The study, which relied on random number generators developed by the ICFO spin-off company Quside Technologies in collaboration with ICREA Professor at ICFO Morgan W. Mitchell, is published this month in Nature.
Random number generators, developed by Quside Technologies in collaboration with ICREA Professor at ICFO Morgan W. Mitchell, have made possible a ground-breaking experiment published on May 10, 2023 in Nature. The experiment, in the laboratories of Andreas Wallraff at ETH Zurich, performed a “loophole-free Bell test,” similar to experiments that won the Nobel Prize in Physics last year. For the first time, the ETHZ experiment was able to perform this kind of experiment with superconducting quantum bits, the basis for today’s most advanced quantum computers. The results show “spooky action at a distance,” in which objects in different places behave as if they were a single system.
As described by the group at ETHZ, the ETHZ experiment first “entangled” two superconducting qubits at temperatures near absolute zero and separated by 30 meters of distance. The team then measured the state of the qubits simultaneously, and observed that the state of one qubit usually agreed with the state of the other qubit, a coordinated response consistent with “spooky action at a distance.” To be sure this coordination was not due to ordinary signals traveling from one qubit to the other, the ETHZ team chose randomly which type of measurements to make on the qubits, and they made the measurements so quickly that not even a signal at the speed of light could reach the other qubit in time.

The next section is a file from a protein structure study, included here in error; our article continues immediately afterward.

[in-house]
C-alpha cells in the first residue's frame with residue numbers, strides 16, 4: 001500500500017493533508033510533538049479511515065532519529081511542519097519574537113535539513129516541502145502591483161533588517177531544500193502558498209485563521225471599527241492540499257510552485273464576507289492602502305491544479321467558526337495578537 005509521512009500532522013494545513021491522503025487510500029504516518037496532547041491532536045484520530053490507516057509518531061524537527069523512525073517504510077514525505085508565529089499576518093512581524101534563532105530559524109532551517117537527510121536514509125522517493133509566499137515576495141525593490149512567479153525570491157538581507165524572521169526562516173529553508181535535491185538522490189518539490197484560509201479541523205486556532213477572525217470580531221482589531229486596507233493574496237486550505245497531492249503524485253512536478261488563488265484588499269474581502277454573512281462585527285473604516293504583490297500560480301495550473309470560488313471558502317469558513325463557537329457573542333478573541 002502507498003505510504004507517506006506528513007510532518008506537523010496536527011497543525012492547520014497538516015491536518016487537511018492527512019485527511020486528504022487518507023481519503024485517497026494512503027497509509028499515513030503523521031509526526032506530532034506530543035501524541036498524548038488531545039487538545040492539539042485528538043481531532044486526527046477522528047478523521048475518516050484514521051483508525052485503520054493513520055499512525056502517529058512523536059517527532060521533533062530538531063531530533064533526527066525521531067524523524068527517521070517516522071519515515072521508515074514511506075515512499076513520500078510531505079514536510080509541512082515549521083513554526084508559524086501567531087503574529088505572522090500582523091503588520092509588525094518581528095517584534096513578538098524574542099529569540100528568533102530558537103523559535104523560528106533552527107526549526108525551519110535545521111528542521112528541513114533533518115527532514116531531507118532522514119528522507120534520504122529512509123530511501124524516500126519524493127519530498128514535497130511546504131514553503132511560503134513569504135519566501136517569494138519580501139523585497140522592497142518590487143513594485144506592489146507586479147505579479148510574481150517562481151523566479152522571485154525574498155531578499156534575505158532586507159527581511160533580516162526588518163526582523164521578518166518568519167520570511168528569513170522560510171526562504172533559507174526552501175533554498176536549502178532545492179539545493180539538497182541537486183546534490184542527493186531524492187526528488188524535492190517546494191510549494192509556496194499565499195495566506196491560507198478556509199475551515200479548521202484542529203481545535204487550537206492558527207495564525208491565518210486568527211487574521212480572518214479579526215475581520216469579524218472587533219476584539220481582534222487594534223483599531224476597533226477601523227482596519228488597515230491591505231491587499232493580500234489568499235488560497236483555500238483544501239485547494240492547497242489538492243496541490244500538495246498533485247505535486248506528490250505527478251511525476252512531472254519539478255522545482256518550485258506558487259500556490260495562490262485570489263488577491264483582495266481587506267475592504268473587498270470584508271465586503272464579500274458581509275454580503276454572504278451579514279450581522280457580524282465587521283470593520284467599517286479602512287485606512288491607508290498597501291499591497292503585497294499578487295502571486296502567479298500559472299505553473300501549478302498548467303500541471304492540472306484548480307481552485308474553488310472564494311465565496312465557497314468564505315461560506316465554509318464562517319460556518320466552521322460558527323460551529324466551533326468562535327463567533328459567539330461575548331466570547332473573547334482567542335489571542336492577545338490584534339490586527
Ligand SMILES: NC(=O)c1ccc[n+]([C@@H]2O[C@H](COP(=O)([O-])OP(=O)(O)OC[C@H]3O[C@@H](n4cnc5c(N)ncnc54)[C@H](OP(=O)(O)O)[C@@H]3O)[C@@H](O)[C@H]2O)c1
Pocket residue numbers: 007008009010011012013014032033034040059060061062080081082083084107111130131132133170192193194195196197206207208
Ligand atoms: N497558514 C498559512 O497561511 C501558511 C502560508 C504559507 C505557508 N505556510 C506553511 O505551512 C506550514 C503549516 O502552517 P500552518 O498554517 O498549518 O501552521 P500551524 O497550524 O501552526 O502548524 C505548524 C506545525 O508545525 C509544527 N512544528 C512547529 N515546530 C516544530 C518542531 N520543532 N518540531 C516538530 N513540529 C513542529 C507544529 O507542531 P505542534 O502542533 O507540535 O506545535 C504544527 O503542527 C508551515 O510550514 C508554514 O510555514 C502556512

This feat required extremely fast random number generators, and for this the ETHZ team turned to Quside and Prof. Mitchell’s research group at ICFO to develop a random number generator with unprecedented speed. Quside adapted their patented quantum random number generation technology, combining a novel parallel architecture with an extremely fast “randomness extraction” stage. In this way, the QRNG devices delivered pure random bits in 17 nanoseconds, the time it takes light to travel five meters. “ETHZ asked us to go beyond the state of the art in random number generation. Never before has an experiment required such good random numbers in such a short time. The Quside team did an amazing job to engineer the solution and integrate it with the ETHZ experiment.” Says Carlos Abellán, CEO of Quside and a co-author of the ETHZ study.
The experiment confirms that quantum mechanics allows for non-local correlations, which means that superconducting circuits can be entangled over a comparatively large distance. This may enable new methods of secure communications.
For the Quside/ICFO team, the participation in the ETHZ experiment is not just a chance to contribute to fundamental physics. As Prof. Mitchell says, “This experiment pushed us to develop technologies that we now apply to communications security and high-performance computing, which also require fast, high-quality random numbers.”
ICFO press release